While the controversy (and the MEA's kowtowing to China) continues to rage, it is interesting to look at the transcript of a talk between the Dalai Lama and Jawaharlal Nehru, the Prime Minister on India.
The encounter took place on April 16, 1961.
KL Mehta, Joint Secretary, Ministry of External Affairs took the notes.
A couple of weeks later (May 2), in a debate in the Lok Sabha, the Prime Minister was asked:
(a) whether the Dalai Lama visited New Delhi on the 15th April, this year for having some discussions with him; andDuring the course of the debate, Nehru stated:
(b) if so, what were the subjects discussed?
It is the normal practice that when asylum is granted, it is done so subject to any condition that the country may think it necessary. The condition is that the soil of their country should not be used for any purposes opposed to them, which might get the country into trouble. It is a normal practice.This is still valid today, though there are ways and ways to put this in practice.
Here is the transcript of the talks as published in the Selected Works of Jawaharlal Nehru (Volume 68, Series II). The subtitles are mine.
When Nehru meets the Dalai Lama
The Prime Minister received His Holiness the Dalai Lama at P.M.'s House on Sunday April 16 and the talks lasted for over 90 minutes.
The Secretary General [RK Nehru ] was present.
Having thanked [the] P.M. for inviting him to Delhi, the Dalai Lama said that he had come to the conclusion that the only hope of preservation of Tibetan culture and religion now lies in those Tibetans especially children who have come to India.
The object of his visit to Delhi, therefore, was to discuss with the Prime Minister the various important problems dealing with the rehabilitation of Tibetan refugees with special reference to the drawing up a suitable programme for the education of young people, both boys and girls below 16 years in age.
The Dalai Lama added that as for the rest, broadly speaking, only two schemes have so far been finalised which cater for the rehabilitation of refugees as agriculturists.
One of these was being implemented in Mysore and the other in NEFA.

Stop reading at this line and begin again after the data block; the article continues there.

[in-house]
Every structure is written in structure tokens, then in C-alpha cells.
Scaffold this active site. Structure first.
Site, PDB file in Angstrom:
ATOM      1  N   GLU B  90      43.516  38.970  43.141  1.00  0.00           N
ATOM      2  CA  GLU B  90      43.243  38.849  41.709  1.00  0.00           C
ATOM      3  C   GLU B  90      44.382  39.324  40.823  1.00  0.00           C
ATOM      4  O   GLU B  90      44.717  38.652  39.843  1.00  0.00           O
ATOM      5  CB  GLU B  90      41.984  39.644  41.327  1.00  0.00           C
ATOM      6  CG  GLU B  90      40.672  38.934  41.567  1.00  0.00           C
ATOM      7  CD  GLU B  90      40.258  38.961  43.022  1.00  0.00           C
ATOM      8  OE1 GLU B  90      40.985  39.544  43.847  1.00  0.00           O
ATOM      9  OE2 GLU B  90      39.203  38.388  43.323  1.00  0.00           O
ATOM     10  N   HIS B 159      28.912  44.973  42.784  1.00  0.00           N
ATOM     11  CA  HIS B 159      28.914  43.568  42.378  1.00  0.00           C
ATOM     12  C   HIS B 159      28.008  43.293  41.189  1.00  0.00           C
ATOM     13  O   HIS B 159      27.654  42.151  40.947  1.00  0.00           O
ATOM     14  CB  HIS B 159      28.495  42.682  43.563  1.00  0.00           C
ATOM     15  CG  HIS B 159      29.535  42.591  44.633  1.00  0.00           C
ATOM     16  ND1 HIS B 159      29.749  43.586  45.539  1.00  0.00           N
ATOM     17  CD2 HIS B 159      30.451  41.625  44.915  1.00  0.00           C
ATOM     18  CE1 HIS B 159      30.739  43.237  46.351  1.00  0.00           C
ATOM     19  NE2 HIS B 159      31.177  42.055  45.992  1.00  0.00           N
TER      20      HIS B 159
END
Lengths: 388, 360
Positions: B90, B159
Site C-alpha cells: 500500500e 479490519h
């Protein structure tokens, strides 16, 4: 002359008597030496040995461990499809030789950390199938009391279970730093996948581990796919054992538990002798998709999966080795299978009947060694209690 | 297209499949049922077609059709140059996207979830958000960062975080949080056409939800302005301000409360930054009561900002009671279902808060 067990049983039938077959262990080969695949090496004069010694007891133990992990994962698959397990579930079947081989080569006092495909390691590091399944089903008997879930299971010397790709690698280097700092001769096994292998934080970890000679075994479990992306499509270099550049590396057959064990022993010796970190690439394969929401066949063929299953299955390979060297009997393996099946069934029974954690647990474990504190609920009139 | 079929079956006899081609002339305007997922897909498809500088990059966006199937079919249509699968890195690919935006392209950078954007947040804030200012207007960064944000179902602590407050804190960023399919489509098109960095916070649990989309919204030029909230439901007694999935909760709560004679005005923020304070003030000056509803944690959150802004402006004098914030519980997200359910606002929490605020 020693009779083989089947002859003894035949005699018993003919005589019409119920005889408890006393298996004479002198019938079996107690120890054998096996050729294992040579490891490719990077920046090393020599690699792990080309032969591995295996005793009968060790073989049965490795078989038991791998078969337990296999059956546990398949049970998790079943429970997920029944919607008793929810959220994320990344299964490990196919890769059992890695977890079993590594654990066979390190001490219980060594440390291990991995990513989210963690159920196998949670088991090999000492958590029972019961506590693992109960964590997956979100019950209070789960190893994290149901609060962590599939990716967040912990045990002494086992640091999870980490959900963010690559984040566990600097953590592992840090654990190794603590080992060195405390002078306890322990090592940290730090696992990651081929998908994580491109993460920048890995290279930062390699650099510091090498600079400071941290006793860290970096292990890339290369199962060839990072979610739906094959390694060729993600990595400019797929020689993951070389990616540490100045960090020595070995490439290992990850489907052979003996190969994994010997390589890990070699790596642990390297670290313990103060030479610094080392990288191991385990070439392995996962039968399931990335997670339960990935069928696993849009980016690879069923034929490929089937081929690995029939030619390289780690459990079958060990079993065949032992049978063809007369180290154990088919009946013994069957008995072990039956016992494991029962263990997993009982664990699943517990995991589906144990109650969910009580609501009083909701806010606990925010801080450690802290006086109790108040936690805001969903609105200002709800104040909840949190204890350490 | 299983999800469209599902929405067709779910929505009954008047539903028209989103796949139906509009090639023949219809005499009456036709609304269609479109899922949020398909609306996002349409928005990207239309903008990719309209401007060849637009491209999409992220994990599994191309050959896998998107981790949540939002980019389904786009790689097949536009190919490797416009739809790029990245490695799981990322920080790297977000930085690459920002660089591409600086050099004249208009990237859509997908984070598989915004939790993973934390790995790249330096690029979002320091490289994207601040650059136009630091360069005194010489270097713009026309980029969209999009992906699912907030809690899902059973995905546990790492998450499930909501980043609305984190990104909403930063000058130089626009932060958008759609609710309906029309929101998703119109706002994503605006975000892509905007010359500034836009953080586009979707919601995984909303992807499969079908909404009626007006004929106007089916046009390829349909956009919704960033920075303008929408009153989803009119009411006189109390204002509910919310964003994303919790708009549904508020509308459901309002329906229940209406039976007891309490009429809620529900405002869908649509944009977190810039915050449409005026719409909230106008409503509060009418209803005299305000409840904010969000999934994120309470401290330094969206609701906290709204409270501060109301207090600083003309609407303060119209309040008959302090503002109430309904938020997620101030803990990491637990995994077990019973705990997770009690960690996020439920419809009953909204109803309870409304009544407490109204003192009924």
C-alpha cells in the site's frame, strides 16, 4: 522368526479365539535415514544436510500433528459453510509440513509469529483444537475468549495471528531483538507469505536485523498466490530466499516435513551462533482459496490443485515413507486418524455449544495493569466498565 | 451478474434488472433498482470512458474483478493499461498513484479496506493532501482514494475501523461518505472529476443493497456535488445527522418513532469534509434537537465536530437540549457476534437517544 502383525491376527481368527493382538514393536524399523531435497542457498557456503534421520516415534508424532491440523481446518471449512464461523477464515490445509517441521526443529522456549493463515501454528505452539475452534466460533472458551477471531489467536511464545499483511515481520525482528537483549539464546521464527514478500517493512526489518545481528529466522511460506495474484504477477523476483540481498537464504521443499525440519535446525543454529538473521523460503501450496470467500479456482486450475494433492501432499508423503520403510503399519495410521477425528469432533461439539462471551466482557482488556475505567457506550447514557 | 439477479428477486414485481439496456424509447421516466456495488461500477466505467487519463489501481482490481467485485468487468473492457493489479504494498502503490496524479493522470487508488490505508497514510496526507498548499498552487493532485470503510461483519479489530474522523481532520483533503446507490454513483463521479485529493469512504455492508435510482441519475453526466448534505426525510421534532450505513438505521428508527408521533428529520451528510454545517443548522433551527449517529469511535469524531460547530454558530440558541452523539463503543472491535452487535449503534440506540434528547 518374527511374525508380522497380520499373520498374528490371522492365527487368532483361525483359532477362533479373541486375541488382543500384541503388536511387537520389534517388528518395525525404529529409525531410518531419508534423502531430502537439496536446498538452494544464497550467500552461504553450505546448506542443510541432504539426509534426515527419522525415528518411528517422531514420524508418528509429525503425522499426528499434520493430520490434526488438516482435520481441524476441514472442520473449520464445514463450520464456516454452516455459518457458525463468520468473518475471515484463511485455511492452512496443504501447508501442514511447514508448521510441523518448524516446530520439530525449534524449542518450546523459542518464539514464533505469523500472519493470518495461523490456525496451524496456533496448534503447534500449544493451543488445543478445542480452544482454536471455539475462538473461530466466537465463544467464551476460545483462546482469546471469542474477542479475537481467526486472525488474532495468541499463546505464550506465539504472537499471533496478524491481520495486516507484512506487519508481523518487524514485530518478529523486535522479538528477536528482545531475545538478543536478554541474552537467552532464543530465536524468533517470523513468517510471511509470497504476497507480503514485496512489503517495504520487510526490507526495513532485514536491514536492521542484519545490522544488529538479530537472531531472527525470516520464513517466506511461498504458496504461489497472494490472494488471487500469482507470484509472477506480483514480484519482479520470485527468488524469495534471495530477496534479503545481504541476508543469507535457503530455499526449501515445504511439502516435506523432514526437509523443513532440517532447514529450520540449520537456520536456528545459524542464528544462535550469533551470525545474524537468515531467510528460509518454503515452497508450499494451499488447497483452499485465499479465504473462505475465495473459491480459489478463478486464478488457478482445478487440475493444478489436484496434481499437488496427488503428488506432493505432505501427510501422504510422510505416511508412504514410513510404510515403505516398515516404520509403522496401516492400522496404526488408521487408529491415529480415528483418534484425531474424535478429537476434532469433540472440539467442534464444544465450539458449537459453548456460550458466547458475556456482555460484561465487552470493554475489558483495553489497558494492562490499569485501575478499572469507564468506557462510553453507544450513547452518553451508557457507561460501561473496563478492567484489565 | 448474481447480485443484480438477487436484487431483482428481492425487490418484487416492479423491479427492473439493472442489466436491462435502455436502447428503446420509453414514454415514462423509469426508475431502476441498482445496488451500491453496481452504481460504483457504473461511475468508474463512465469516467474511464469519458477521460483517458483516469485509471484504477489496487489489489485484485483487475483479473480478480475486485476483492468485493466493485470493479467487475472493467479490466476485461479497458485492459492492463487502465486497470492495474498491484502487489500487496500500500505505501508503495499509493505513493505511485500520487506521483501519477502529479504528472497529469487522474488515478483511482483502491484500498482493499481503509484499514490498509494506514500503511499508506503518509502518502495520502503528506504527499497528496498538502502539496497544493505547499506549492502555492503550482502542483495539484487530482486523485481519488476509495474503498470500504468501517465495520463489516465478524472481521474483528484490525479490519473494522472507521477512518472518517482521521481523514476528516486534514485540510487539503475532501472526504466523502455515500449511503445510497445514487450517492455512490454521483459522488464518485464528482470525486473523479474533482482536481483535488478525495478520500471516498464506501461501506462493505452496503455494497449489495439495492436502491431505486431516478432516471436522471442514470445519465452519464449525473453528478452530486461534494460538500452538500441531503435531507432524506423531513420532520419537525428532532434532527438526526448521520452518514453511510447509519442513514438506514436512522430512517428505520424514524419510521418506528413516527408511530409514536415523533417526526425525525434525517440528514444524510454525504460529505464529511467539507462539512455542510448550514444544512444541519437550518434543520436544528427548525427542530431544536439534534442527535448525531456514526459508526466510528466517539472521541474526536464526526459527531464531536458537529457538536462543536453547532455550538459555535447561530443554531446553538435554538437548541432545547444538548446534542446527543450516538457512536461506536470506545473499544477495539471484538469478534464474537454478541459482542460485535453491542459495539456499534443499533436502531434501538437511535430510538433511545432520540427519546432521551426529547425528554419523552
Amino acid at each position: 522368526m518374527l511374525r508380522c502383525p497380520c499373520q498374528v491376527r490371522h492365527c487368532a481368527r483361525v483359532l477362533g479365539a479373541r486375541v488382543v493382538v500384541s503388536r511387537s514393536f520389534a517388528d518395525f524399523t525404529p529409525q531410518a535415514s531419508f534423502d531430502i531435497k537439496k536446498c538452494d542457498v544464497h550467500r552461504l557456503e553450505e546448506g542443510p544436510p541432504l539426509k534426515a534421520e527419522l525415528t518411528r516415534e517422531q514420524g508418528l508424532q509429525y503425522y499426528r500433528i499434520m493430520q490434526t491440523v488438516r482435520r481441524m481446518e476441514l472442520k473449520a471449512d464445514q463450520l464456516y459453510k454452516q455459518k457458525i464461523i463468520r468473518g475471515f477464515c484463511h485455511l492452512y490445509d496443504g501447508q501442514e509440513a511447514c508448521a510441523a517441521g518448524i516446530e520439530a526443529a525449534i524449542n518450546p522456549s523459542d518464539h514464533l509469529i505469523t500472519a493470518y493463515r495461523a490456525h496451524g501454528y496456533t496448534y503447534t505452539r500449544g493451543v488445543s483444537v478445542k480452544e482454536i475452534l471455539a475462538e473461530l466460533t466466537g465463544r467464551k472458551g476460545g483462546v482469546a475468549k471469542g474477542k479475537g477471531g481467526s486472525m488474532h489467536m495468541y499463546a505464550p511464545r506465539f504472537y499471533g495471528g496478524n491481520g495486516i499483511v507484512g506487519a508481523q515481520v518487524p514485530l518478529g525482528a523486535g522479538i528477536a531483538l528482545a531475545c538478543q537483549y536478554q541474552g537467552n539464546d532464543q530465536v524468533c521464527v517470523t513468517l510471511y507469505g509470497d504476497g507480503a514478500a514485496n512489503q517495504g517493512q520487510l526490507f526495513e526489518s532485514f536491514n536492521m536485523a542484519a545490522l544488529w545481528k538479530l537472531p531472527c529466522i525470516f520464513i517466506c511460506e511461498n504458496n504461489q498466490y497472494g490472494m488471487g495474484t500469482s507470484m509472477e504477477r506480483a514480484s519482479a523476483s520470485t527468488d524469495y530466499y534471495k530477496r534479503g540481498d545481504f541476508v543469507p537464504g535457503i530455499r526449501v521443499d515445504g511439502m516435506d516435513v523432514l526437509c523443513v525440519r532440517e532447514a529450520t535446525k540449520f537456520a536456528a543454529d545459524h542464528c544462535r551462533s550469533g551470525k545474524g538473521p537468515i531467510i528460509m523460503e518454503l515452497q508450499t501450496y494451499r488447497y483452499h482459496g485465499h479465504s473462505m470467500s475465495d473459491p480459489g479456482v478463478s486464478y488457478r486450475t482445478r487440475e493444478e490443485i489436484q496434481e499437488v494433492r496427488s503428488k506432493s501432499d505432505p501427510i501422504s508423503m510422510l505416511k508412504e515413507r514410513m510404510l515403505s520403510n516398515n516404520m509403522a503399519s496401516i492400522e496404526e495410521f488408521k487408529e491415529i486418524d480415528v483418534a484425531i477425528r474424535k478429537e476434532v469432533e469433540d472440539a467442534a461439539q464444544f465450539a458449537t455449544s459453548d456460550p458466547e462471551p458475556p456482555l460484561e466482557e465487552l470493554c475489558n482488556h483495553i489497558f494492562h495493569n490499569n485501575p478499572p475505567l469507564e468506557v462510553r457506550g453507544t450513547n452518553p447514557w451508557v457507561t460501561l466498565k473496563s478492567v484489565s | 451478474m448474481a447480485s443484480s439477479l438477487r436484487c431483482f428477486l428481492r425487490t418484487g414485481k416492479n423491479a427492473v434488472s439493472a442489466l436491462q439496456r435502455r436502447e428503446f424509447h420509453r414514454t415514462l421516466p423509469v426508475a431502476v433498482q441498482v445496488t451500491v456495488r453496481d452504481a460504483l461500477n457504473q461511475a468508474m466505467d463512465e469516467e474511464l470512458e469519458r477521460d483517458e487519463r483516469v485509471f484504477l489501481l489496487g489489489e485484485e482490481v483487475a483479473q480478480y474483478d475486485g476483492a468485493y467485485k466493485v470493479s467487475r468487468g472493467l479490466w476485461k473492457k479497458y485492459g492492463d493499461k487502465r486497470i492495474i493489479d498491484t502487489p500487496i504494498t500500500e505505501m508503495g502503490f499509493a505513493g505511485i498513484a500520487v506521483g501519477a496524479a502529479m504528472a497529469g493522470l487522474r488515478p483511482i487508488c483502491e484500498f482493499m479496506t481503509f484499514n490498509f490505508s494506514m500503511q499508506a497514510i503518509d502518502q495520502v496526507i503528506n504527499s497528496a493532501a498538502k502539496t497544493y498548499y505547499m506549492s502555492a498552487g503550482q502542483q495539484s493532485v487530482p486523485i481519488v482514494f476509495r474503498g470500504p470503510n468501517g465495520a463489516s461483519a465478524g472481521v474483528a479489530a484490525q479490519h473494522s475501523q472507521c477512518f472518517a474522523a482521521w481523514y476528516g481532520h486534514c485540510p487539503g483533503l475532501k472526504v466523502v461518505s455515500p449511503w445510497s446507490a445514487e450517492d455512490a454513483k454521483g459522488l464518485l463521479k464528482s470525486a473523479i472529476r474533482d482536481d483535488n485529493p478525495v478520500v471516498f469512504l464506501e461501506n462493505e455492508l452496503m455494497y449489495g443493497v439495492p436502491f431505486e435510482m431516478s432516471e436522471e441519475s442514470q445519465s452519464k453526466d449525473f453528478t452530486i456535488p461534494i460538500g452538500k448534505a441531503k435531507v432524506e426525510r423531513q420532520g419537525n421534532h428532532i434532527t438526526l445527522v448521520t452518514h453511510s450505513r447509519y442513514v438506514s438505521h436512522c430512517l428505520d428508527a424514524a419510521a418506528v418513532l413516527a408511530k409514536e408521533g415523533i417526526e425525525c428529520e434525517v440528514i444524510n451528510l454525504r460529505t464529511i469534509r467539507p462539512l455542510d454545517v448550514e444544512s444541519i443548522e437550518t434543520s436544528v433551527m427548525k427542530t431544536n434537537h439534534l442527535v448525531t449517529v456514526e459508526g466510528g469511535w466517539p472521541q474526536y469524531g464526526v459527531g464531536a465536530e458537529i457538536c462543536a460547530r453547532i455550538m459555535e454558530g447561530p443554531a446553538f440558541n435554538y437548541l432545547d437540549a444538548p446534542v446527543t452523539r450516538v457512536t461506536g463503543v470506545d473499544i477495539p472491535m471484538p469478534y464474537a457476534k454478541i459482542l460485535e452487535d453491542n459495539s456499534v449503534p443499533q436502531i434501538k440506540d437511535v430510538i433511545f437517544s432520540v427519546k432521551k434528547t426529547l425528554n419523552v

The Prime Minister said that he wanted the Tibetans to grow up as an integrated community with due safeguards for the maintenance of their tradition, culture and religion.
He added that in order to make a proper assessment of the problem of rehabilitation, it was necessary to consider it in two or more parts.
He was himself specially interested in the education of the young people, and this, therefore, must assume topmost priority.
The Prime Minister wanted to make it clear that the Government of India had the responsibility to provide education to every Tibetan child of school-going age. The programme of education did not include just primary education, but also secondary education, and for those who would benefit from it, University education.
He had no doubt that the future of the Tibetans in India depended on the quality of education given to them, and it would be entirely artificial to lay down an upper limit in regard to the number of young people to the educated.
The Prime Minister emphasised that the education should be good, with due regard to the traditional background of Tibetans, and at the same time modem.
It was important to realise that whereas separate schools will be provided for primary education, and also at the secondary stage, the syllabus would have to be designed in such a way as to enable the students to join Indian polytechnics, and those likely to benefit from it also Indian Universities.
We could not obviously provide separate polytechnics and separate Universities for Tibetan children only.
Indeed having completed their secondary stage, it would not even be right for the Tibetan children to remain cut off from the rest of India.
The Prime Minister added that arrangements to provide religious instruction to Tibetan boys even at the University stage could be made separately, if the Dalai Lama so wished.
It must be understood, however, that the educational programme for Tibetans should be drawn up to ensure development of the Tibetan children along the lines of their genius, and also to ensure that the actual education given was fully modem in the sense that it equipped the boys and girls to join Indian Universities and Polytechnics in due course.
The Dalai Lama speaks
The Dalai Lama said that he was in full agreement with the sentiments expressed by the Prime Minister. He added that there were 3,000 Tibetan refugee children below the age of 16 in India at the moment. Arrangements have so far been made to provide education to only some 500 amongst them. He added that the help of the State Governments concerned such as Mysore, UP and Punjab would be necessary in running the schools, but at the same time it was essential that there should be a common approach in running all the Tibetan schools irrespective of where they happened to be situated.